Election setback has Netanyahu now seeking to share power in a unity government 

By Ruth Eglash and Steve Hendrix
September 19, 2019

JERUSALEM — Israeli Prime Minister Benjamin Netanyahu, seeing his chances of outright victory slipping as the final votes from this week’s election were counted, called Thursday for a power-sharing agreement with his chief political rival — who promptly shot him down.

Benny Gantz, head of the center-left Blue and White party, said he was open to the idea of unity government as long he was at the top of it.

Netanyahu had rejected the idea of a unity government throughout the campaign, but he invited Gantz to “meet me today” soon after Blue and White was shown to have picked up another parliamentary seat, giving it an edge over Netanyahu’s ruling Likud party of 33 seats to 31, with 97 percent of the vote recorded.

“During the elections, I called for the establishment of the right-wing government,” said Netanyahu in a statement. “Unfortunately, election results show that this is not possible. Therefore, there is no choice but to form a broad unity government that is as wide as possible.”

In televised remarks later, Gantz stopped short of agreeing to meet with Netanyahu but expressed openness to the idea of a unity government, with himself as its head.
“We will listen carefully to anyone, but we will not surrender to any dictates,” Gantz said.

Gantz said his party won the election outright, receiving a larger share of the votes than Likud. He also said he would continue to pursue the creation of a centrist, secular and liberal government.

Netanyahu expressed disappointment. “I was surprised and disappointed that at this time Benny Gantz still refuses to respond to my call to meet,” he said in a tweet.

Netanyahu’s turnabout comes as Israel’s fractious political system enters the dealmaking phase, with the two main parties jockeying for the support of other factions until one of them can form a government. A ruling coalition needs at least 61 seats out of a total of 120 in the Israeli parliament, or Knesset.

The shortest path to a majority for either major party is to turn to the other for a coalition and share the prime minister’s job and other top positions on a rotating basis. Israel has had several such unity governments, including a period in the 1980s when rivals Shimon Peres and Yitzhak Shamir shared power.

Netanyahu and Gantz both appeared — and shook hands — at a memorial service for Peres on Thursday, and Netanyahu called for the parties to follow his example of power sharing.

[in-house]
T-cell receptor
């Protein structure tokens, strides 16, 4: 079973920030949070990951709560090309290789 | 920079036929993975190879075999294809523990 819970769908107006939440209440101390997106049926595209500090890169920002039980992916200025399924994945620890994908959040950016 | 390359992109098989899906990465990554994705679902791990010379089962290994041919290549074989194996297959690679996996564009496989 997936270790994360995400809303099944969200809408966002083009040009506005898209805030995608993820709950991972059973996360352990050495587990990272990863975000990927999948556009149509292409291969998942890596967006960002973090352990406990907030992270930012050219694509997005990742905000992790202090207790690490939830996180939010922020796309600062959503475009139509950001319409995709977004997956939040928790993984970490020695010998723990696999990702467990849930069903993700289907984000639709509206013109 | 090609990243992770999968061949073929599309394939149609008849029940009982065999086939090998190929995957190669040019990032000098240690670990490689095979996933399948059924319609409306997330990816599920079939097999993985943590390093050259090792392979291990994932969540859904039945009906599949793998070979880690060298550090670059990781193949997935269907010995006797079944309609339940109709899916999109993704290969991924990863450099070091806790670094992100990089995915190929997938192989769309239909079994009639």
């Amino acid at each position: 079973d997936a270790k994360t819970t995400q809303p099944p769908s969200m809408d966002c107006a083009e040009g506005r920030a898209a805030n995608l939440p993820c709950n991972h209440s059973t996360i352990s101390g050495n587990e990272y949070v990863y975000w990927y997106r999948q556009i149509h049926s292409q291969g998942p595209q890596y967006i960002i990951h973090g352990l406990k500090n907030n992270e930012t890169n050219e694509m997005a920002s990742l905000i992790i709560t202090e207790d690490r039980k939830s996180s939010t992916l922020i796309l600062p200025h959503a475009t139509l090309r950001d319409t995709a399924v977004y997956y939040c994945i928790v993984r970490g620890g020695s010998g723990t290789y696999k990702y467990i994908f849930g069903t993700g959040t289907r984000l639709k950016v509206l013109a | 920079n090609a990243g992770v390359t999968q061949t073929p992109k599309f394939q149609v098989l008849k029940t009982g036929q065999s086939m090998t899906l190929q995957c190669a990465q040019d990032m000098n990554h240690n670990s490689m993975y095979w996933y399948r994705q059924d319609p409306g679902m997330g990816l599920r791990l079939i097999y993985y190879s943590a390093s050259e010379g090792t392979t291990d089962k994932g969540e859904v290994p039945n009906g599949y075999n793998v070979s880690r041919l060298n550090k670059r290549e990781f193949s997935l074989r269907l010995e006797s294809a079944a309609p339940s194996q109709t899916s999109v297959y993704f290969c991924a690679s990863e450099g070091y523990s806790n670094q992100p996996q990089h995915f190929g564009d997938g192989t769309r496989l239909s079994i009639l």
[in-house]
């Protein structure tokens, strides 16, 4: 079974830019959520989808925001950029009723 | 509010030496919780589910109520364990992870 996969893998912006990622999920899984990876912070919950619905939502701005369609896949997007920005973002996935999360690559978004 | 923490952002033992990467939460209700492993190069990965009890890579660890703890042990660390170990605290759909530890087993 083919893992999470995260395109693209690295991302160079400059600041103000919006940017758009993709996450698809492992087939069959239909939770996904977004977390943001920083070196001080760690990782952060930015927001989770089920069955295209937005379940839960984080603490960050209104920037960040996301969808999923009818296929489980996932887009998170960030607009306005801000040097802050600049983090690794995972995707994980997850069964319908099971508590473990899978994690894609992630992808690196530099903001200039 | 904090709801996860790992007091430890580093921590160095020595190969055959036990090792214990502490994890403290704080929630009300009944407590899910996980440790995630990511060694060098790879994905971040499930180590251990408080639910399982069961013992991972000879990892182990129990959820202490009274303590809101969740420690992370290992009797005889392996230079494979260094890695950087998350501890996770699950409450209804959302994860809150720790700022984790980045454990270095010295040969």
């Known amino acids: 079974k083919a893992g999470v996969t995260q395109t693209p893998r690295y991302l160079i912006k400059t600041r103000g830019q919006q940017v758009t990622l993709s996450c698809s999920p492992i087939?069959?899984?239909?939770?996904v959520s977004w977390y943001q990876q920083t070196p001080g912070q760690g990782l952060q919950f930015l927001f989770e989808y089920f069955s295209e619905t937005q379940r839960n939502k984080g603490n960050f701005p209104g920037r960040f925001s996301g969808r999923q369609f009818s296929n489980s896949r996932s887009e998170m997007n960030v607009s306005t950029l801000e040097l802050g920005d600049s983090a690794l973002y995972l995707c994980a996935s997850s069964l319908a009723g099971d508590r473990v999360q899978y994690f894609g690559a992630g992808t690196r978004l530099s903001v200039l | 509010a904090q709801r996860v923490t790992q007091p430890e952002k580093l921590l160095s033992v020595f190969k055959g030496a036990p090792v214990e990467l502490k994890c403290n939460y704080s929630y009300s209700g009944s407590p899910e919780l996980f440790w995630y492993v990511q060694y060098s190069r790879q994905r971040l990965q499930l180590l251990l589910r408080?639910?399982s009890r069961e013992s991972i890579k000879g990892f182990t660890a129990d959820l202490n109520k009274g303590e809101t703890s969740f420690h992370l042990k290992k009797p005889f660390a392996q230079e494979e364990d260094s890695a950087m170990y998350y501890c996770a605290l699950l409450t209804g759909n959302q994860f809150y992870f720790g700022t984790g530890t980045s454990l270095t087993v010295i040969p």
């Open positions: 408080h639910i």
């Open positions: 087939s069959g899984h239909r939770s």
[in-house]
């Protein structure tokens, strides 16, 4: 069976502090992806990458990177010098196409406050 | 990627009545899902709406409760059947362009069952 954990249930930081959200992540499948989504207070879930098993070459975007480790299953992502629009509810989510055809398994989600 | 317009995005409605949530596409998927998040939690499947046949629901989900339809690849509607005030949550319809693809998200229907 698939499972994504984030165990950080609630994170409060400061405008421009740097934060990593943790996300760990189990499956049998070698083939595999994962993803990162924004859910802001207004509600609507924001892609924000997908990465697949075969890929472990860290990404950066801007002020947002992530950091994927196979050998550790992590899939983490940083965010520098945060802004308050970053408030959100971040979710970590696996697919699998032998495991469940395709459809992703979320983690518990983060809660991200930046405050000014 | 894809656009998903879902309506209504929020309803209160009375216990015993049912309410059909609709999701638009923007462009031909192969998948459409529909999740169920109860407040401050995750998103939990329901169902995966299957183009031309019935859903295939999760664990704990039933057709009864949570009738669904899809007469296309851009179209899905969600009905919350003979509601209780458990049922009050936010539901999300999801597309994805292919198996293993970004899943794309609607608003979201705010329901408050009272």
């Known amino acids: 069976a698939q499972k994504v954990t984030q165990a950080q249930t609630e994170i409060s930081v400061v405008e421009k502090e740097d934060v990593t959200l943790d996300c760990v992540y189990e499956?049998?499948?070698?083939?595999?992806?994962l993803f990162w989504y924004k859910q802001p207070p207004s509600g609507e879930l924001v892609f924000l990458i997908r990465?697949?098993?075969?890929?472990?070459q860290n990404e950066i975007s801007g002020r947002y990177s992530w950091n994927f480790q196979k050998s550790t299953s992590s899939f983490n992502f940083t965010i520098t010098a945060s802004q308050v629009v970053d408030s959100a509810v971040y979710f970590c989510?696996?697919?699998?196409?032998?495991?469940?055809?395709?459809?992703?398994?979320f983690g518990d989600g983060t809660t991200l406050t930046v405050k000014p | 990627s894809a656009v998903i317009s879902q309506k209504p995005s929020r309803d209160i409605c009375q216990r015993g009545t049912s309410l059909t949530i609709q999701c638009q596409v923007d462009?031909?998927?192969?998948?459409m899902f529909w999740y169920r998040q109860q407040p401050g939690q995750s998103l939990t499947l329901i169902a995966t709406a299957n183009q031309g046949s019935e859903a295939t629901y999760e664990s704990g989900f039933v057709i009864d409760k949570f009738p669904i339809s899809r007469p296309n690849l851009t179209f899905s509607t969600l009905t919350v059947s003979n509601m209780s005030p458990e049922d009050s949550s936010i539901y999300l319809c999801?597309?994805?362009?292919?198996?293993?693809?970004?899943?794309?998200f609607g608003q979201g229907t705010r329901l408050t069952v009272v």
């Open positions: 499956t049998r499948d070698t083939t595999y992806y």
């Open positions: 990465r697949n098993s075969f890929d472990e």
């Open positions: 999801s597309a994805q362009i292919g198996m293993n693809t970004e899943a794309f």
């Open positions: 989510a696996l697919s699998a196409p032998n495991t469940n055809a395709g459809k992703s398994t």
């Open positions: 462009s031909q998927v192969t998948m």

“When there was no clear outcome from the Knesset elections, Shimon chose national unity. He and Yitzhak Shamir agreed to cooperate, to navigate Israel’s path to safety,” Netanyahu said in remarks at the service.

But in today’s Israel — a polarized country with Netanyahu one of its most polarizing figures — a unity government would be a tough sell, even if the two party leaders begin to talk.

[Israeli election leaves both major parties well short of a majority]

Gantz and other centrists have ruled out serving with Likud unless someone other than Netanyahu leads the party. Many of the right-wing and religious parties that support Likud have no love for the centrists and secularists behind Gantz.

At the same time as calling for Gantz to join him in forming that government, Netanyahu worked to shore up support on his right. Even as he sought a meeting with Gantz, his party announced deals with three much smaller parties that had united behind him — two representing Israel’s ultra-Orthodox and a third that is also religious but more nationalistic in nature.

“Yesterday, I met with right-wing party leaders and we agreed that we would go into this coalition negotiations as one bloc,” said Netanyahu in his statement. “Now I call on you, Benny Gantz, to join us in establishing a broad unity government today. The people expect us, both of us, to show responsibility and work for cooperation.”

Israeli President Reuven Rivlin, who will select one of the party leaders to have the first crack at forming a new government, welcomed the emerging notes of cooperation and called the rivals to negotiate.

“I hear, loud and clear, the voices calling for a broad and stable national unity government, and I congratulate you, Mr. Prime Minister, on joining that call this morning,” Rivlin said in remarks at the Peres memorial service. “The responsibility for making it happen falls to you elected officials, especially the leaders of the major parties. The citizens of Israel have spoken.”

Gantz’s faction said it would meet Thursday afternoon to discuss Netanyahu’s overture. But analysts cautioned that Netanyahu’s strong alliance with parties on the extreme right wing and the ultra-Orthodox would complicate negotiations. Overhanging all the maneuvering are pending corruption charges against Netanyahu, with a hearing scheduled for Oct. 3.

Gantz campaigned on a platform of not joining a coalition with a leader who was under indictment, and much of his success, analysts say, hinges on his promise not to join Netanyahu if Attorney General Avichai Mandelblit decides to take him to trial on three criminal cases centered on bribery, fraud and breach of trust.

“This election put a stop sign to the impression that the edges determine the center, that the extremists determine the center. We see it on both sides of the political spectrum,” he said.

The Washington Post

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